|Flasher frequency: 60 - 120 impulses per minute|
In earlier times, the flashing frequency was generated using a hot wire element. This was slowly heated until, through its heated condition, it triggered a circuit breaker. Thus, it constantly went from one state to the
other, unfortunately, not with the reliability demanded today. Since the introduction of electronics, which now advances so rapidly that the explanation of an indicator flasher soon became superfluous because this is
now done, e.g., by the CAN-BUS.
Seen from an electrical point of view, the indicator flasher is an unstable multvibrator. It cannot maintain the once achieved state, but flips, after a certain time into another state. This is exactly what we require from an
The actuall switching situations are achieved by two transistors. These are alternatively led by their respective bases, through a basic
resistance. The (electrolyte)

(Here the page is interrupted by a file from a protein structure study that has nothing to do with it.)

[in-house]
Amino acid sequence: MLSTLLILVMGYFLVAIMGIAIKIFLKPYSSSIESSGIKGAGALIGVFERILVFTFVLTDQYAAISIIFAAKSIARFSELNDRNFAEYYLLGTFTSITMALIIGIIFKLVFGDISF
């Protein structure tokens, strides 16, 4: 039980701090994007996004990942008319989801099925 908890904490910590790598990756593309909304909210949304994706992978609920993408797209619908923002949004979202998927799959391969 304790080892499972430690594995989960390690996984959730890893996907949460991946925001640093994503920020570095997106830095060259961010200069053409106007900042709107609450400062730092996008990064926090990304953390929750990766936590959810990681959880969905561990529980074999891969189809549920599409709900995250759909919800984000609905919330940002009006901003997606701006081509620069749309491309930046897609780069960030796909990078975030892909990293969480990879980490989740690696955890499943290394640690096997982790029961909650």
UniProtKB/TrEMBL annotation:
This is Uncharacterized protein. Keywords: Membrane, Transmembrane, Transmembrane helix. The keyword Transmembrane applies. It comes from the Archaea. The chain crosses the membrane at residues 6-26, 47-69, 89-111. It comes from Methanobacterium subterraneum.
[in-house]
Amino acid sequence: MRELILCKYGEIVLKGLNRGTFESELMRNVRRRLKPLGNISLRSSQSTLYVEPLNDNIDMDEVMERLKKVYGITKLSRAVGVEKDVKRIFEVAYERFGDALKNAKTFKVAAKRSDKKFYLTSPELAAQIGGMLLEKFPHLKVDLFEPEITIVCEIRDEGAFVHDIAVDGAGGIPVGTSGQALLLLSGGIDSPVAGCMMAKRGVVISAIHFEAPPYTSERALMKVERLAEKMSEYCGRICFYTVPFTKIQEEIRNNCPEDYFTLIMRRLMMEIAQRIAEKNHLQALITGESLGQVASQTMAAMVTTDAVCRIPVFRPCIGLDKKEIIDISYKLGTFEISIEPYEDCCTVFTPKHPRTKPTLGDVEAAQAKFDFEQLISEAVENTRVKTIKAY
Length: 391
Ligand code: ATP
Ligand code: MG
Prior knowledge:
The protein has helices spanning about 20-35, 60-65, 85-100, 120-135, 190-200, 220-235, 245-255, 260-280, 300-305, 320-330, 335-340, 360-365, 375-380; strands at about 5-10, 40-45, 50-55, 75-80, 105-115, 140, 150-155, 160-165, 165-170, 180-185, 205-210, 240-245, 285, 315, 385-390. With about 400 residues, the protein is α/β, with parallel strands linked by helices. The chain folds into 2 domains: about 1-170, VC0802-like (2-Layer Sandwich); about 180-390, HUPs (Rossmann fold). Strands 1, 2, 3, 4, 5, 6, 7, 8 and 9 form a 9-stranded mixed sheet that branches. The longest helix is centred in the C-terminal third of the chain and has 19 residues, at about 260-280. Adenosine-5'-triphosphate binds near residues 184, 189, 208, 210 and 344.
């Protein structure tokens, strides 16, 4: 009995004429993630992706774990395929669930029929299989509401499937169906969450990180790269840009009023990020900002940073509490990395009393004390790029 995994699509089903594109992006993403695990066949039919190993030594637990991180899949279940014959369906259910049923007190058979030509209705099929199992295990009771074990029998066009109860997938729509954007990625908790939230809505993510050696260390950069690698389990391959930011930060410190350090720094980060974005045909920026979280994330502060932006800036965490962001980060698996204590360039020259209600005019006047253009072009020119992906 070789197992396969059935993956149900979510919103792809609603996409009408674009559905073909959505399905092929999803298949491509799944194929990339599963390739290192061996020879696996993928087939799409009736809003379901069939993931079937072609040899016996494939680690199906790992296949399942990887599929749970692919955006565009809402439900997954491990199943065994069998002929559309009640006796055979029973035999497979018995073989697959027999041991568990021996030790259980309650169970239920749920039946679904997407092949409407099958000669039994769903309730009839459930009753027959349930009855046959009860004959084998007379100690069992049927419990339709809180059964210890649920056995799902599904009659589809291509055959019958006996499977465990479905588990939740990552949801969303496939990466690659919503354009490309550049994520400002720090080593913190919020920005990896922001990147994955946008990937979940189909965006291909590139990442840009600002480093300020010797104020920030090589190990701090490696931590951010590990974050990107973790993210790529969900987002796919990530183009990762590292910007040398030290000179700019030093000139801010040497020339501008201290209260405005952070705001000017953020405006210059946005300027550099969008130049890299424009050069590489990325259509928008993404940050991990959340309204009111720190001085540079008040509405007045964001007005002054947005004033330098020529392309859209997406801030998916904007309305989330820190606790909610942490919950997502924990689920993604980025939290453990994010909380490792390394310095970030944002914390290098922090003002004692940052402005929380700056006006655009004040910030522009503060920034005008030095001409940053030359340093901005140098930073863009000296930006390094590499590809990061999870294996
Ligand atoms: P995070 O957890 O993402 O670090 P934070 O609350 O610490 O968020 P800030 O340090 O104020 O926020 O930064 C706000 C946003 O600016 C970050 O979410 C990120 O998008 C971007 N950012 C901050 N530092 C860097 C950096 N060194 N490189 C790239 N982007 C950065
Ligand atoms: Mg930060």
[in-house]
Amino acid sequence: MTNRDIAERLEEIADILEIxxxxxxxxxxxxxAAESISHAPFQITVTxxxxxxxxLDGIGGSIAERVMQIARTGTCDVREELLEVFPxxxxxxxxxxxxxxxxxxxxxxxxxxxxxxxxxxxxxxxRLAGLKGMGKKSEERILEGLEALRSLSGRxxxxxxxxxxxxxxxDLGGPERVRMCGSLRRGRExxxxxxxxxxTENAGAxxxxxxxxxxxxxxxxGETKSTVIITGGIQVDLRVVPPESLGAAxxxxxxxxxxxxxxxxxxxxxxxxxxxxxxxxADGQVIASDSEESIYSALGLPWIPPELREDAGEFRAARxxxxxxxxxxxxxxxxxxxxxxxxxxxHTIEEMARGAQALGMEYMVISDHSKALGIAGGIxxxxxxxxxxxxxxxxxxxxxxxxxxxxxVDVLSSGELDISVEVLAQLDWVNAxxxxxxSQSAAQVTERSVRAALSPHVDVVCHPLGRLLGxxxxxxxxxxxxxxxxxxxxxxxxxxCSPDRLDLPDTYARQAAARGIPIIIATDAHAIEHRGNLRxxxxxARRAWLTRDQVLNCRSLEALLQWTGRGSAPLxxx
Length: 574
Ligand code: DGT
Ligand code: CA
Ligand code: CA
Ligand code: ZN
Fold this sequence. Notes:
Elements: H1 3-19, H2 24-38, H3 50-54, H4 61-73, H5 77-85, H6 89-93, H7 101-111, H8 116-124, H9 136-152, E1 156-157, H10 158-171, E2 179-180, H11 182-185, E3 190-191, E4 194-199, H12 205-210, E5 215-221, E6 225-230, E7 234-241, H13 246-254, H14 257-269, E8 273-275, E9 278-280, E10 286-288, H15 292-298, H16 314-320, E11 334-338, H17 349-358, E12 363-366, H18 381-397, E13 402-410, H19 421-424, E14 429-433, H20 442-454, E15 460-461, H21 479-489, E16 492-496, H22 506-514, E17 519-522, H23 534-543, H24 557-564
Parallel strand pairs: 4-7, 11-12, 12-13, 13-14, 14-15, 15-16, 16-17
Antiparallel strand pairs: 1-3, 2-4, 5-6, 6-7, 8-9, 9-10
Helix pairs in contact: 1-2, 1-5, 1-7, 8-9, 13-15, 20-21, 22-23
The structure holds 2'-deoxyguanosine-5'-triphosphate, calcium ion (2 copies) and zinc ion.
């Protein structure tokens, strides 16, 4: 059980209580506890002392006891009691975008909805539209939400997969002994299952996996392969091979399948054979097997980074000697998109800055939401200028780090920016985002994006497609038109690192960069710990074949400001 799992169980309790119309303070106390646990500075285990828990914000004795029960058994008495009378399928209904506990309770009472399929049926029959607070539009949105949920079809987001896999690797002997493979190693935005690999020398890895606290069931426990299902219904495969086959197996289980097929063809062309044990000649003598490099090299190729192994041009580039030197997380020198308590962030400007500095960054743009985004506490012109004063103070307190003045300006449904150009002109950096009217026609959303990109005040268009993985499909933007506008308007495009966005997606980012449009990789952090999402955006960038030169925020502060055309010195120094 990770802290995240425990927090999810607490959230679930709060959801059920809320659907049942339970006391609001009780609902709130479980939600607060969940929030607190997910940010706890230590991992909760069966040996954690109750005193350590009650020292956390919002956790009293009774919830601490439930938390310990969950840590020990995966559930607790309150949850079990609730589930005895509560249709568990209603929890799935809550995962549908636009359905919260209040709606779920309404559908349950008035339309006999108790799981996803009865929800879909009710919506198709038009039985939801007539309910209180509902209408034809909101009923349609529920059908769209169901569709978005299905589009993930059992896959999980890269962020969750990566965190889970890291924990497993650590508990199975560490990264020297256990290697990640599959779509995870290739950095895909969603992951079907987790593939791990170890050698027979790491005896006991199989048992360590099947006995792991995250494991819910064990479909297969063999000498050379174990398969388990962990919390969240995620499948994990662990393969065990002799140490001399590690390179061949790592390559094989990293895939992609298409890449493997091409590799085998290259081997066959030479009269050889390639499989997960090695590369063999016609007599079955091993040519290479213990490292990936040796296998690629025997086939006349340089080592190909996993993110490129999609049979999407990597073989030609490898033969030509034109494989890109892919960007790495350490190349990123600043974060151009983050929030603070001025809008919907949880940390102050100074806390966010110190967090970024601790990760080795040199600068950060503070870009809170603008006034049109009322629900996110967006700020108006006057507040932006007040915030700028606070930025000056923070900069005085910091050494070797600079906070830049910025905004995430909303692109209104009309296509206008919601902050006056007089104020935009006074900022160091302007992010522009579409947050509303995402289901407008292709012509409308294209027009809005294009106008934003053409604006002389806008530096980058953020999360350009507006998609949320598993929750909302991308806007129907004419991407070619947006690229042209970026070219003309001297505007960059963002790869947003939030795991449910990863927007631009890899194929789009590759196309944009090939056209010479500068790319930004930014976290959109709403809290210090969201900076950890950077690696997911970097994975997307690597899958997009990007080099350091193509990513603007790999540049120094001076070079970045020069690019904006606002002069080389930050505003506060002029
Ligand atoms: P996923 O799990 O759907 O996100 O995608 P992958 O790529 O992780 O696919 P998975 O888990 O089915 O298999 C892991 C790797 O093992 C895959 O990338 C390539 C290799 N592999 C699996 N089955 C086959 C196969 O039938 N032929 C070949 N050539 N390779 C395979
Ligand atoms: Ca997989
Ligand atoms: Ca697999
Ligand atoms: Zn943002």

condenser is charged on one side by one of the remaining two resistances until the necessary tension is reached to trigger the transistor. This then switches not only the respective lamp on, but also provides the
charging of the other (electrolyte) condenser and thus prepares itself for its own disconnection.
The switch is not necessary for the indicator flasher in the vehicle. Just as little as a variable resistance which can be
switched from above on the common plus-lead of both vertical resistances. Thereby the flashing frequency can be altered.
Modern indicator circuits - particularly those with an interval circuit - are constructed with integrated switching circuits and small controllers.
|Base resistance||1 kOhm|
|Electrolyte condensers||100 mFarad|